A study by Kansas State University, USA found that reintroducing bison increases plant diversity in tallgrass prairie areas.

The recently published research analyzed more than 30 years of data collected from the Konza Prairie Biological Station.

“Bison were an integral part of North American grasslands before they were suddenly removed from more than 99 percent of the Great Plains,” said Zak Ratajczak, assistant professor of biology and principal investigator. “This removal of bison occurred before quantitative records of their numbers were made, and therefore the effects of their removal are largely unknown.”

Megafauna could help restore biodiversity

The study took place in the Flint Hills region, which is the largest tallgrass prairie. The researchers examined plant diversity in three different case studies. In the first case, grazing animals were not present. In the second case, bison were reintroduced and allowed to graze year-round. In the third case, domestic cattle were introduced and allowed to graze during the growing season.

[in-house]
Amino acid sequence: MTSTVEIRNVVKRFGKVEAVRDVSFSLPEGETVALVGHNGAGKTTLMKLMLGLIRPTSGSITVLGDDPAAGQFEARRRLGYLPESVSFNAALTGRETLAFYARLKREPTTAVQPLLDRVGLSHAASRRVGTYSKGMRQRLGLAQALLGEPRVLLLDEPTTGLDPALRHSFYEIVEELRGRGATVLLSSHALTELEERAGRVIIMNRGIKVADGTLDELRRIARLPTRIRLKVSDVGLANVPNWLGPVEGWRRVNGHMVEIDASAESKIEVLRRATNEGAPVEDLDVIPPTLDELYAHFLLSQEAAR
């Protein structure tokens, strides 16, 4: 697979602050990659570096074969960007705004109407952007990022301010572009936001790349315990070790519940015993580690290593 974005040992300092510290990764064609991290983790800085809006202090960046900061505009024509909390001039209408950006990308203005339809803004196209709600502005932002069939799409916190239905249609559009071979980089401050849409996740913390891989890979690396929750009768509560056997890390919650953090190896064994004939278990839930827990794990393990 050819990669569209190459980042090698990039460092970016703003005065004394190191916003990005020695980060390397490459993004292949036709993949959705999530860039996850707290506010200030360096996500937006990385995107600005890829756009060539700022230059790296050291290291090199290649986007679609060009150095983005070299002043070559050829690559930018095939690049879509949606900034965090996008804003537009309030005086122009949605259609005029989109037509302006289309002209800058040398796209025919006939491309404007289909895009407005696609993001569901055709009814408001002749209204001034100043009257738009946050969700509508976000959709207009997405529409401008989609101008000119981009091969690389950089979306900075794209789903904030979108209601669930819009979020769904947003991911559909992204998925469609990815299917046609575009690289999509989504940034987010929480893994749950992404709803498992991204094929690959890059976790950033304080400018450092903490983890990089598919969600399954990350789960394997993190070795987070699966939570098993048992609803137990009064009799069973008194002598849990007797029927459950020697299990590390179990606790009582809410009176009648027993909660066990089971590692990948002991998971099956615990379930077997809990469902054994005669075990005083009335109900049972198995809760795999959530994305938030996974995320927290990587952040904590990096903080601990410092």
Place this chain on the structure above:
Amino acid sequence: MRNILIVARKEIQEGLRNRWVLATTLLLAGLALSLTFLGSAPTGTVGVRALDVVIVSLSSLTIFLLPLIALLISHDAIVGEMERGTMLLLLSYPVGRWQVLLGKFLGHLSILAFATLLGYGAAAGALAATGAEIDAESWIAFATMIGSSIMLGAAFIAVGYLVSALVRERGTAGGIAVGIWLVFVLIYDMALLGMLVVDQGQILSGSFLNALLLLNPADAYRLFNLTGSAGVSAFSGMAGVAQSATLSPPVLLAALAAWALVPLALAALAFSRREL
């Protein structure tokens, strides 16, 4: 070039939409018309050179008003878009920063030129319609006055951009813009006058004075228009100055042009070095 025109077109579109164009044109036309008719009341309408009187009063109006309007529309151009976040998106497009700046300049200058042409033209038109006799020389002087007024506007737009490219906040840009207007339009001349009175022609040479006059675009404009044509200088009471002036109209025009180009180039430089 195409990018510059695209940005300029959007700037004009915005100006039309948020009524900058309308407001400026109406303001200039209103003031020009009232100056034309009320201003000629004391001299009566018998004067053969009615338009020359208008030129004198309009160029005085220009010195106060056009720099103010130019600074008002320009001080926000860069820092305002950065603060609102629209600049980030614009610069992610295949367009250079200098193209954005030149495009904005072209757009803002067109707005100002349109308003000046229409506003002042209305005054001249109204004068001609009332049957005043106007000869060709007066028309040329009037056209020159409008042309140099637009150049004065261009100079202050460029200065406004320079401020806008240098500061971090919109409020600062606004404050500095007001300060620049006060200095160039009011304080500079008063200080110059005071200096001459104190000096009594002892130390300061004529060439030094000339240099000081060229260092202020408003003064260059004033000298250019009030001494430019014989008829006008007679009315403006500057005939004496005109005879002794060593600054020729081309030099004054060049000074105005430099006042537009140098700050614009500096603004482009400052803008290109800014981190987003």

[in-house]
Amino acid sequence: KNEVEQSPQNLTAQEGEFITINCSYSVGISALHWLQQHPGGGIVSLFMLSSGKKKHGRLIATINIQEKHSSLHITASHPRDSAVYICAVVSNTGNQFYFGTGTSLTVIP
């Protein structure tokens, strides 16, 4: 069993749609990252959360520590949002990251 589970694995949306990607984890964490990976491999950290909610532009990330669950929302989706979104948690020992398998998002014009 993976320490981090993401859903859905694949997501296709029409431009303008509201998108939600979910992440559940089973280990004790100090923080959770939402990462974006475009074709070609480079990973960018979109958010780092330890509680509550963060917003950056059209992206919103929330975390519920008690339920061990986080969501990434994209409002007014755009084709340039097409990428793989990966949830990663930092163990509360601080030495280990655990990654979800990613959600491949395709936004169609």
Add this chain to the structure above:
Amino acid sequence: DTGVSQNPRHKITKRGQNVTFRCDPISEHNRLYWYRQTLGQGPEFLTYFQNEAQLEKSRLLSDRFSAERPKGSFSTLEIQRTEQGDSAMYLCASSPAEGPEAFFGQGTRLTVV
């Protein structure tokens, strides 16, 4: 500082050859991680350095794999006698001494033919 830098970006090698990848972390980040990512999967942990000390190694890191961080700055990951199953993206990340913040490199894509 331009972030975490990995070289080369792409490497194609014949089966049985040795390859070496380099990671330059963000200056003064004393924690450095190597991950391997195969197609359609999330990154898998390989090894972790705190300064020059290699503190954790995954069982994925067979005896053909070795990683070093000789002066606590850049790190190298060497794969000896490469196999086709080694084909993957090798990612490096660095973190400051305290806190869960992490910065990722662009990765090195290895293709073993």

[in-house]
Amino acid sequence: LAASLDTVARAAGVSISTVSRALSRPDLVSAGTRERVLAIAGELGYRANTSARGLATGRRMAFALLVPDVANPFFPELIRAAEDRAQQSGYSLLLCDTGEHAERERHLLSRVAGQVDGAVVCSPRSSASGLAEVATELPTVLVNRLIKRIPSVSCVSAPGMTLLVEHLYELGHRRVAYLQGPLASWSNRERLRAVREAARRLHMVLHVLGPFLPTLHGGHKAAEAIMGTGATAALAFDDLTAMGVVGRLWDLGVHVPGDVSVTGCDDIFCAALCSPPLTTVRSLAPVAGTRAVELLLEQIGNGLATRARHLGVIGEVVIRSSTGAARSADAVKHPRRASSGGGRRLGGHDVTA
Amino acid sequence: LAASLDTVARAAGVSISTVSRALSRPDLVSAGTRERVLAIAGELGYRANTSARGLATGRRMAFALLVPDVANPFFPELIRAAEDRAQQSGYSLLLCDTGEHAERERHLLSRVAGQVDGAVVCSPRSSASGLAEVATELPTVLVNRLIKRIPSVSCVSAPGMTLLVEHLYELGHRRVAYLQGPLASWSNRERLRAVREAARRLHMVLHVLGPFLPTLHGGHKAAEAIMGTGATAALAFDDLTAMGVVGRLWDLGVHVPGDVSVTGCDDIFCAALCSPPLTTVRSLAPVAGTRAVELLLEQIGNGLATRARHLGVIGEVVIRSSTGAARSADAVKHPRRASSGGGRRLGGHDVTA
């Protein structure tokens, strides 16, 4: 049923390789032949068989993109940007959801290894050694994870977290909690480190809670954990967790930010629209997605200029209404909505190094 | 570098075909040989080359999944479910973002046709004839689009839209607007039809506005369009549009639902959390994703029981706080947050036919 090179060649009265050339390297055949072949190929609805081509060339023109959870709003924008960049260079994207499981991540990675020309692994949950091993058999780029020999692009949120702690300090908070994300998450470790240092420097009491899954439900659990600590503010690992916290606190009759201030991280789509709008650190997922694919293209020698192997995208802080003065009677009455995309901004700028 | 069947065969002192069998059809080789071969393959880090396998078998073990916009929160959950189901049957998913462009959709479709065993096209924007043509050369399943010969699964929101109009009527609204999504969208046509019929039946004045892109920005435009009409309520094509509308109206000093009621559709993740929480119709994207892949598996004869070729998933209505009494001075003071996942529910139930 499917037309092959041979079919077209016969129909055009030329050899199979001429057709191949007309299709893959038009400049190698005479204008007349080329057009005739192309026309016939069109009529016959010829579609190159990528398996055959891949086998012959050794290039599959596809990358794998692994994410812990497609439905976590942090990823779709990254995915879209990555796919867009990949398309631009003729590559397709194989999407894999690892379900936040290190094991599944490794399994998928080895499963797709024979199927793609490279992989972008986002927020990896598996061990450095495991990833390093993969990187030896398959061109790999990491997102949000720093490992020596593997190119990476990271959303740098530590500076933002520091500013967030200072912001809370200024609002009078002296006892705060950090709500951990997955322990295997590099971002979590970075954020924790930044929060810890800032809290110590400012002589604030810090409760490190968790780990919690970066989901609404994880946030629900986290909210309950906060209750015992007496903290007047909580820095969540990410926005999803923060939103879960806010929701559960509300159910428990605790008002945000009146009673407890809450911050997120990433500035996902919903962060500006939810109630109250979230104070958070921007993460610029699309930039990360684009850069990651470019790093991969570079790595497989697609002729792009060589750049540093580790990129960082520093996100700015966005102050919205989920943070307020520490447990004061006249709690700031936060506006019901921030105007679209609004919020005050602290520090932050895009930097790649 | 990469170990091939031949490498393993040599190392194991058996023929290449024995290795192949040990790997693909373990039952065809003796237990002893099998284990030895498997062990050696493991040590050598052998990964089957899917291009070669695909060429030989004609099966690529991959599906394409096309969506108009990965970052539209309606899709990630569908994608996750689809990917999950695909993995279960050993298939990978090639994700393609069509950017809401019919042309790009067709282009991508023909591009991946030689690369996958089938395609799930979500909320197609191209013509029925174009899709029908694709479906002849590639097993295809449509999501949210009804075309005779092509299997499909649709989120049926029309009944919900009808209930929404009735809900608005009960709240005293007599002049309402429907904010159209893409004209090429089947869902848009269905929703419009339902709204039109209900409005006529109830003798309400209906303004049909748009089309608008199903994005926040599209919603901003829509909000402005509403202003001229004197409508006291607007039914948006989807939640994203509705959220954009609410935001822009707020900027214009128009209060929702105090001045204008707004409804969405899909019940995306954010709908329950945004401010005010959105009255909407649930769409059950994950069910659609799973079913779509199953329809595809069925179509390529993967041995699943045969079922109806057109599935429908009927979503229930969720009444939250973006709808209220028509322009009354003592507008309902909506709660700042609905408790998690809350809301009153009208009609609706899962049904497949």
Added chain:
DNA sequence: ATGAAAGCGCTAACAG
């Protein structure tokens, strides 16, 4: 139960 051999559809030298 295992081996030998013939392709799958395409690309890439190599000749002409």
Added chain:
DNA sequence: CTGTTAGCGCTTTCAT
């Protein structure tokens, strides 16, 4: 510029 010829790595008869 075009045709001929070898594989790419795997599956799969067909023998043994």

“Our results suggest that many grasslands in the Great Plains have substantially less plant biodiversity than they would have had before bison were widely extirpated,” Ratajczak said. “The return or “rescue” of the native megafauna could help restore grassland biodiversity.”

Area grazed by bison, more drought resistant

“I think this study also shows that domestic cattle can also have a largely positive impact on biodiversity conservation,” he added. cited by PHYS.

The researchers also found that native plant species in the bison-grazed area were more drought-resistant.

“The resilience we found in bison grasslands is also consistent with the idea that biodiversity promotes ecological resilience,” Ratajczak said.

The study can be read in Proceedings of the National Academy of Sciences.

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